Interferer-tolerant RF/Millimeter-Wave Receivers in the Age of Ubiquitous Wireless

Event Speaker
Arun Natarajan
Associate Professor, School of Electrical Engineering and Computer Science, Oregon State University
Event Type
Tech Talk
Nov. 24, 2020, 3 to 3:45 a.m.
Event Description

Wireless systems continue to drive and be driven by emerging data and sensing applications across billions of connected devices. Limitations in RF spectrum availability are motivating higher center frequencies at mm-wave, heterogenous cell sizes (macro, pico, femto), opportunistic carrier aggregation and increased spatial spectrum reuse. Wireless receivers must therefore simultaneously provide wide operating frequency, excellent sensitivity and interferer tolerance. In this talk, I will present research in the High-Speed Integrated Circuits Lab at Oregon State University on reconfigurable receivers that provide frequency-domain, code-domain and spatial-domain filtering to reject interferers. The talk will be focused on two extremes of integrated interferer-tolerant receiver design: ultra low-power receivers for pervasive internet-of-things applications and high-performance RF/mm-wave MIMO receivers for 5G and beyond-5G applications.

Speaker Biography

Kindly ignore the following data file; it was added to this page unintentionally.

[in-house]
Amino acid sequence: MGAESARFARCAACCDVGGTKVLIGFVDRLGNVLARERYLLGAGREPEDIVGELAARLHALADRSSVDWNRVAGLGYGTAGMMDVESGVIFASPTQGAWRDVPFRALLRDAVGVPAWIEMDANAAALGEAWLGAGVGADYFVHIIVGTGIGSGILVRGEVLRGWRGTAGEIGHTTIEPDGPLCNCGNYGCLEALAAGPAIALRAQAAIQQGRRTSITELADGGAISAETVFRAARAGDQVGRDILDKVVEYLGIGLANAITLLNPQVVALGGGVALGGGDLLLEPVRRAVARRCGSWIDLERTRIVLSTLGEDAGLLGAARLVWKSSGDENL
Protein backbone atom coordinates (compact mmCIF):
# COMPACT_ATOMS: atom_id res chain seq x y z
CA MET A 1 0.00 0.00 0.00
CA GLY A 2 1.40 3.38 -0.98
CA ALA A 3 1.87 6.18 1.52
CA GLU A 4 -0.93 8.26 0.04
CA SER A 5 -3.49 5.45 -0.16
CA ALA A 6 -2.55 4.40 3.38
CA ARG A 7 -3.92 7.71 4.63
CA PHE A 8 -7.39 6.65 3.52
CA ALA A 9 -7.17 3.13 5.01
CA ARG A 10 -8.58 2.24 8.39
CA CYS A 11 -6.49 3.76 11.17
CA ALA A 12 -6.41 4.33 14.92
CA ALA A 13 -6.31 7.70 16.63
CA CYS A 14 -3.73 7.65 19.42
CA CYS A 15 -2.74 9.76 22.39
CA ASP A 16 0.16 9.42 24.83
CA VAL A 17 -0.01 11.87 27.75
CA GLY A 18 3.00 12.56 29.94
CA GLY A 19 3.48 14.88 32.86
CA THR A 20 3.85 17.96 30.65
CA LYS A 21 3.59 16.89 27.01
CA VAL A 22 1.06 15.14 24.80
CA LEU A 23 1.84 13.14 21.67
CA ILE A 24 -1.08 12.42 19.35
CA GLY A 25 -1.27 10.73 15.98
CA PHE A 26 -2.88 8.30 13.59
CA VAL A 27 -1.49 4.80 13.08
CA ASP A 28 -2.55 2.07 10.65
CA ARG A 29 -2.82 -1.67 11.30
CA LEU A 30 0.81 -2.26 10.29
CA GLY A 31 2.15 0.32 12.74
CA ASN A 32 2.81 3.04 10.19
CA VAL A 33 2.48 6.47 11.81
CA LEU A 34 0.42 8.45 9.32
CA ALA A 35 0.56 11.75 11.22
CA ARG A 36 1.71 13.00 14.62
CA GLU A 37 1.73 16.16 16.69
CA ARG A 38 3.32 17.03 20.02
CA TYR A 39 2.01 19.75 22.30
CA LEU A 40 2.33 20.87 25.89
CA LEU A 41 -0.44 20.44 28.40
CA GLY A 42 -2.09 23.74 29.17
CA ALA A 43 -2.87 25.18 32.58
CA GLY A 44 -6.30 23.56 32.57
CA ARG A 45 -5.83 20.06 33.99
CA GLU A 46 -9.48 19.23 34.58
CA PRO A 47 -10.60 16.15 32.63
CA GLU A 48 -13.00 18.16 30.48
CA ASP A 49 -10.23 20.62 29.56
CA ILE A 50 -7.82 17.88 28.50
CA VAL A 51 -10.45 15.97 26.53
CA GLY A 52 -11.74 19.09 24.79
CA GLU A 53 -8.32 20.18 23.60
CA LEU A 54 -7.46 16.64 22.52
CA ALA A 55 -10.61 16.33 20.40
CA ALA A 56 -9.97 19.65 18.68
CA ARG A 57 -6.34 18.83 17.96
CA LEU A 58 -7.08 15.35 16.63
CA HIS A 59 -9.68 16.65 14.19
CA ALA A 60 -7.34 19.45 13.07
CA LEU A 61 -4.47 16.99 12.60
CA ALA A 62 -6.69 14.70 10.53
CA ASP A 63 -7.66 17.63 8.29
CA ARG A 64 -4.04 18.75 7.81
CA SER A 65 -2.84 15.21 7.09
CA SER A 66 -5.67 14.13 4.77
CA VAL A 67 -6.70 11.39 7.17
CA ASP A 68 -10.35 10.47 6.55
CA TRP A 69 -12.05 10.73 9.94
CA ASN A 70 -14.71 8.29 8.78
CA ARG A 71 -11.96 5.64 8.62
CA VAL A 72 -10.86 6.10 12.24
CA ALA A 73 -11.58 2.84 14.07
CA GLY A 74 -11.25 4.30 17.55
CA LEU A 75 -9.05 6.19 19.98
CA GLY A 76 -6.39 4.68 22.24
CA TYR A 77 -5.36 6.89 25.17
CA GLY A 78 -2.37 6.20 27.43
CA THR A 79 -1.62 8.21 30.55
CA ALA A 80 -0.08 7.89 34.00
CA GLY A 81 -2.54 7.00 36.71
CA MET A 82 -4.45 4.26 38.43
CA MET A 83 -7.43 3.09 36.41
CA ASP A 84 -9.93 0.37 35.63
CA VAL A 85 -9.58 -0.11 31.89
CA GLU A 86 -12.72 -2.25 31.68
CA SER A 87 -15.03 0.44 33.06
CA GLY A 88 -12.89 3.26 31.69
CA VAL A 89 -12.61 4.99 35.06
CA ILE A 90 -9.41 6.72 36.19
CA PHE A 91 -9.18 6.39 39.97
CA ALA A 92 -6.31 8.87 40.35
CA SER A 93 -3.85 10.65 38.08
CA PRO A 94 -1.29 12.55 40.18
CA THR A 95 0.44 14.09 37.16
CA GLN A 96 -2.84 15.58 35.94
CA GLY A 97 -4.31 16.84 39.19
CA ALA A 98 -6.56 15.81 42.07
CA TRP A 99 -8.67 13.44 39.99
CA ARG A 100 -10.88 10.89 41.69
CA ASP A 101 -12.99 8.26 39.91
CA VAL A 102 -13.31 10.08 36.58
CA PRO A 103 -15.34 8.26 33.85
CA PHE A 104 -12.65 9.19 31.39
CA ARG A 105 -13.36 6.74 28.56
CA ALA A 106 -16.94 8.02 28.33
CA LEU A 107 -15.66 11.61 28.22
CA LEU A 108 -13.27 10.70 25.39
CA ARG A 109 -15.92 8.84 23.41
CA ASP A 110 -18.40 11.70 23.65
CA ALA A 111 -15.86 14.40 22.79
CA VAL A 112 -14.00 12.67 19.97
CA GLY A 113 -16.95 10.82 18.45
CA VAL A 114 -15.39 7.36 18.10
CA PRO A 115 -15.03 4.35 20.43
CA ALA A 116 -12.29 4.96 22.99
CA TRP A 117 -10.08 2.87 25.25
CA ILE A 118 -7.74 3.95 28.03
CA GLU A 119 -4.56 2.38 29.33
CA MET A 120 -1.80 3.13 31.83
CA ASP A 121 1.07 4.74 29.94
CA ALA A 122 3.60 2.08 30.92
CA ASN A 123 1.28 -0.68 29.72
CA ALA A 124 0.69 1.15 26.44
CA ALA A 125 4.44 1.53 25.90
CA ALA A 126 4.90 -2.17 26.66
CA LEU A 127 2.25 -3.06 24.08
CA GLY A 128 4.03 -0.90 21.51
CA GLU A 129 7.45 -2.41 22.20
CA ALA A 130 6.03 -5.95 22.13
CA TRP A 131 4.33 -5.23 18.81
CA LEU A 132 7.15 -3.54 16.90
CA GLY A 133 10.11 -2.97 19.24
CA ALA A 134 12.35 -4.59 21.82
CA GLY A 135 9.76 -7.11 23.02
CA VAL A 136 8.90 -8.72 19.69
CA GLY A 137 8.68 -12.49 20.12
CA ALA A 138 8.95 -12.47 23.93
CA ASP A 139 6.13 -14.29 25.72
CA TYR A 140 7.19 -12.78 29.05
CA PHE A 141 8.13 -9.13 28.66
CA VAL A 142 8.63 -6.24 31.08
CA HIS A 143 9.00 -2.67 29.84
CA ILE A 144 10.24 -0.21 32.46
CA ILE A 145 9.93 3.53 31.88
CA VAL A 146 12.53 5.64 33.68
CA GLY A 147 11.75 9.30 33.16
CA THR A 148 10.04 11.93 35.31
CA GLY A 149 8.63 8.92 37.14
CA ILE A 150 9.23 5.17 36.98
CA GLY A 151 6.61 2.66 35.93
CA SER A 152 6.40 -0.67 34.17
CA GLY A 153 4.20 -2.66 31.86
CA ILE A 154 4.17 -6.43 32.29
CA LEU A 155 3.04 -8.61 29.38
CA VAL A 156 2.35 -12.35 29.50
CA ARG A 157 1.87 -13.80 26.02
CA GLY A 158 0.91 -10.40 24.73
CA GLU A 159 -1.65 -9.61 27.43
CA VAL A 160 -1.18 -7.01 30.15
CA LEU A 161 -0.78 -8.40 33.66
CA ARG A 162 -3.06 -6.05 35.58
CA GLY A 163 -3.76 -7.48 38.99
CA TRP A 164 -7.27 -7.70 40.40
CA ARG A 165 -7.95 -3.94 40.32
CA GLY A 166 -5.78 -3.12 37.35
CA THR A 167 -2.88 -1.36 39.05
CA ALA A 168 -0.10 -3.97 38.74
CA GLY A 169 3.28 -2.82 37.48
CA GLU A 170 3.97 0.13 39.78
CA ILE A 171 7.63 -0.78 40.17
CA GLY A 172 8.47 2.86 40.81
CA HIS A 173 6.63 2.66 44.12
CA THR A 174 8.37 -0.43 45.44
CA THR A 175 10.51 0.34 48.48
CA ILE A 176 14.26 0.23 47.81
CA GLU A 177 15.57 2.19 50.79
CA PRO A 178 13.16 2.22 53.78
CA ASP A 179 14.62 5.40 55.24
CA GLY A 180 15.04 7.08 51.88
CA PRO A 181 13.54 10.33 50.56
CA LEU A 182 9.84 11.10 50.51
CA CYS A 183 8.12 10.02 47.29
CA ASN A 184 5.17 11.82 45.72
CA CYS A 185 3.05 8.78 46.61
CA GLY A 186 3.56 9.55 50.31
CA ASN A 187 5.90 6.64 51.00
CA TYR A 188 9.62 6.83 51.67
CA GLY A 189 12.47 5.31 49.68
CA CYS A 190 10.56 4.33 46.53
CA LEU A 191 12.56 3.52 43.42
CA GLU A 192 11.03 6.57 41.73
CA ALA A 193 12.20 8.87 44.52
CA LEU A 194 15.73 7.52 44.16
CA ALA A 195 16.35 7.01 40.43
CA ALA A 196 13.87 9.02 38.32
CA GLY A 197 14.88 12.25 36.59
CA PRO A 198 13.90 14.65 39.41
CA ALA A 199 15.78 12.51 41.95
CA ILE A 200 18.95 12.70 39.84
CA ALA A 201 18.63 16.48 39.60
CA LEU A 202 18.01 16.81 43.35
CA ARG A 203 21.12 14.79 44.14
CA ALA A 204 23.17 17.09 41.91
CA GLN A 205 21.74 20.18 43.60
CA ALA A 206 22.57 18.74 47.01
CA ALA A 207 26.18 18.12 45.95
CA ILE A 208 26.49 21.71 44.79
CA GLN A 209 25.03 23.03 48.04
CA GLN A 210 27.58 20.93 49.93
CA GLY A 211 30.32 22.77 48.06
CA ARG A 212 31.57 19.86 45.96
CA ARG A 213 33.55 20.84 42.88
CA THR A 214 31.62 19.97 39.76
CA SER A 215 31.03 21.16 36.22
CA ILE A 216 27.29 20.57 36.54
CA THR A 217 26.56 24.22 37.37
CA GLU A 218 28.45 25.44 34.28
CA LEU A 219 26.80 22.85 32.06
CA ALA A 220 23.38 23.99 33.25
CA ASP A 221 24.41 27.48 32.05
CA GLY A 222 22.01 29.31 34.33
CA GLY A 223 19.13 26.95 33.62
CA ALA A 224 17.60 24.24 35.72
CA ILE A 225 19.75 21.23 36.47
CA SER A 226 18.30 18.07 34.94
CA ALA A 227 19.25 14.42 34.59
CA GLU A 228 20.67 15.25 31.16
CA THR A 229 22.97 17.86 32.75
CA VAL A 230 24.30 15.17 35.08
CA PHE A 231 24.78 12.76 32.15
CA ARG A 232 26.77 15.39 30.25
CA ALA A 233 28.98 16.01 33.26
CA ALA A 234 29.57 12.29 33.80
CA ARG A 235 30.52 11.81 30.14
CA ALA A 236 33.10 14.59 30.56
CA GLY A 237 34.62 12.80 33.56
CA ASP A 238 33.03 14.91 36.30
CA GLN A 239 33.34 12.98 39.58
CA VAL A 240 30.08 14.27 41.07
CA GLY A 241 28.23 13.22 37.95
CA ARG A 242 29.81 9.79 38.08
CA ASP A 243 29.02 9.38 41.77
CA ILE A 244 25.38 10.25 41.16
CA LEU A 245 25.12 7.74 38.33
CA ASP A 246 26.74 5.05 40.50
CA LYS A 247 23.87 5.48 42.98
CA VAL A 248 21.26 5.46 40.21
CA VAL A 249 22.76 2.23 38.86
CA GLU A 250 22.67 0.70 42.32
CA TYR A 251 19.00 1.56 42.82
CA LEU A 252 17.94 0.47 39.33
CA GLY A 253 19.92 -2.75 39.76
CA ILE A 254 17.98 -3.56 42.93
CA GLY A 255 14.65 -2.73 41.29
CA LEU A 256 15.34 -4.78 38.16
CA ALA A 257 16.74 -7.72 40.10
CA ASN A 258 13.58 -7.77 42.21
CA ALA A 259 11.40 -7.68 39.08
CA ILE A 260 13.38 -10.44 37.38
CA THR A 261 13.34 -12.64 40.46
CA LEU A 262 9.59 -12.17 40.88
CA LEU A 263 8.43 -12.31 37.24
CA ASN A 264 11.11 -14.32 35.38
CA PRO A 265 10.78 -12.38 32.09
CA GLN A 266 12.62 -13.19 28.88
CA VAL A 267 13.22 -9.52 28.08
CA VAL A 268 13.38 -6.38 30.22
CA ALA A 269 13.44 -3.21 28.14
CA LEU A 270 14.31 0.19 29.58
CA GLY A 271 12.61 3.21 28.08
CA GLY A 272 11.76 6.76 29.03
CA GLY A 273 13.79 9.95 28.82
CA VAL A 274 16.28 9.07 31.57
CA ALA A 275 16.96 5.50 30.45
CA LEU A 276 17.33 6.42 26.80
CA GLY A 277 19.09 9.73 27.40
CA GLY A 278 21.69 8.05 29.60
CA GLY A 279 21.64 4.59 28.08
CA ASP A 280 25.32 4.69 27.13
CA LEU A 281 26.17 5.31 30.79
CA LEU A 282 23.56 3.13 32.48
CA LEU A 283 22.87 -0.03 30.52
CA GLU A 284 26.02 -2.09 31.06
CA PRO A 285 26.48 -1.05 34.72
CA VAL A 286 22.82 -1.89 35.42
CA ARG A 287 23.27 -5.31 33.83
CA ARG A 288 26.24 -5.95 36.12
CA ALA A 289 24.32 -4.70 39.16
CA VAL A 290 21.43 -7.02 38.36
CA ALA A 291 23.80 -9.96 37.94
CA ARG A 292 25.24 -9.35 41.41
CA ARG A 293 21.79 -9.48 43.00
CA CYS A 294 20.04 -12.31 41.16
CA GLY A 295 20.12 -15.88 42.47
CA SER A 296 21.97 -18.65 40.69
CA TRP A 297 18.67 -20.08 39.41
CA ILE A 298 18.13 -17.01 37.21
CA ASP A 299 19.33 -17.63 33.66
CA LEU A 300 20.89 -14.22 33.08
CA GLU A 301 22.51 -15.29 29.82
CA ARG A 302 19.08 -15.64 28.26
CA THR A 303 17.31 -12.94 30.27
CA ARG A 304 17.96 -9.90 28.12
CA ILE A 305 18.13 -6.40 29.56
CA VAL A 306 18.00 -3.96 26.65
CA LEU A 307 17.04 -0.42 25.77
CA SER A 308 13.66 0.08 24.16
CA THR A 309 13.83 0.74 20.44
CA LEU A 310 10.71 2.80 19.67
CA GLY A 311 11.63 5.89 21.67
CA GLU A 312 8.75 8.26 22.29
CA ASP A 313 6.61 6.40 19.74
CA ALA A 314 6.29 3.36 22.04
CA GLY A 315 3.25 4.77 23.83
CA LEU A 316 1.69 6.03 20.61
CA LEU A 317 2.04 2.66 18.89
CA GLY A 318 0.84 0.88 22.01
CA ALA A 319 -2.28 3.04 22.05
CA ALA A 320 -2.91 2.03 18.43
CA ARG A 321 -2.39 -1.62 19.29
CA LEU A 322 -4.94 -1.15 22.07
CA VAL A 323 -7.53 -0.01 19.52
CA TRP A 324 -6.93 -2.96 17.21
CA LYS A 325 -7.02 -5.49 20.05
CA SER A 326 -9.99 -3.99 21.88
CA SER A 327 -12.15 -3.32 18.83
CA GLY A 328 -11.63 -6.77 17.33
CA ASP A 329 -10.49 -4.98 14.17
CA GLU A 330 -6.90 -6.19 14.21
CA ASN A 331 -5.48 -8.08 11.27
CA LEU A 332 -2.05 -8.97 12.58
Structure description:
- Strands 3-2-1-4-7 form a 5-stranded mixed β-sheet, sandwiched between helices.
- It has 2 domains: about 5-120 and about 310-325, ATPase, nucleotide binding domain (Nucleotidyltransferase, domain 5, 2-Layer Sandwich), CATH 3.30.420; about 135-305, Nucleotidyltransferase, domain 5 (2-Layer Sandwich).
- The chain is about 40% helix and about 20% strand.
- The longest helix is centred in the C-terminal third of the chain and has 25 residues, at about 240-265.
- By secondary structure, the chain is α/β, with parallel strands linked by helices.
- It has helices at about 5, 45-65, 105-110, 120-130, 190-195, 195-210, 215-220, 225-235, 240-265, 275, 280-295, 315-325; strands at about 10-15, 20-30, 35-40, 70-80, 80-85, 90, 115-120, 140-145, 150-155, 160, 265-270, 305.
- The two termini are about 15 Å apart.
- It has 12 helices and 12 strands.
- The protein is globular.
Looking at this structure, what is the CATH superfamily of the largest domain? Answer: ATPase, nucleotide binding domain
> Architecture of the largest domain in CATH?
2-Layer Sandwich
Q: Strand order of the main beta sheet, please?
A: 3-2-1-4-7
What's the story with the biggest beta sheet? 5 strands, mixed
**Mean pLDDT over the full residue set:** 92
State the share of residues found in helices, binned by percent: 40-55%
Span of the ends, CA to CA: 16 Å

Arun Natarajan is an Associate Professor in the School of EECS at Oregon State University. His research is focused on RF and mm-wave integrated circuits and systems for wireless communication and imaging. He received the B.Tech. degree from the Indian Institute of Technology, Madras, in 2001 and the Ph.D. degree from the California Institute of Technology (Caltech), Pasadena, in 2007. From 2007 to 2012, he was a Research Staff Member at IBM T. J. Watson Research Center, NY and worked on mm-wave phased arrays for multi-Gb/s data links and airborne radar. Since joining Oregon State University in 2012, his research group has focused on low-power RFICs and RF/mm-wave arrays integrated in CMOS/SiGe BiCMOS. Natarajan received the DARPA Young Faculty Award in 2017, the National Talent Search Scholarship from the Government of India [1995-2000], the Caltech Atwood Fellowship in 2001, the Analog Devices Outstanding Student IC Designer Award in 2004, the IBM Research Fellowship in 2005, and has served as an Associate Editor for the IEEE Trans. on Microwave Theory and Techniques, Distinguished Lecture for IEEE SSCS and on the Technical Program Committee of IEEE ISSCC and IEEE IMS. He currently serves on the TPC of the IEEE RFIC conference.

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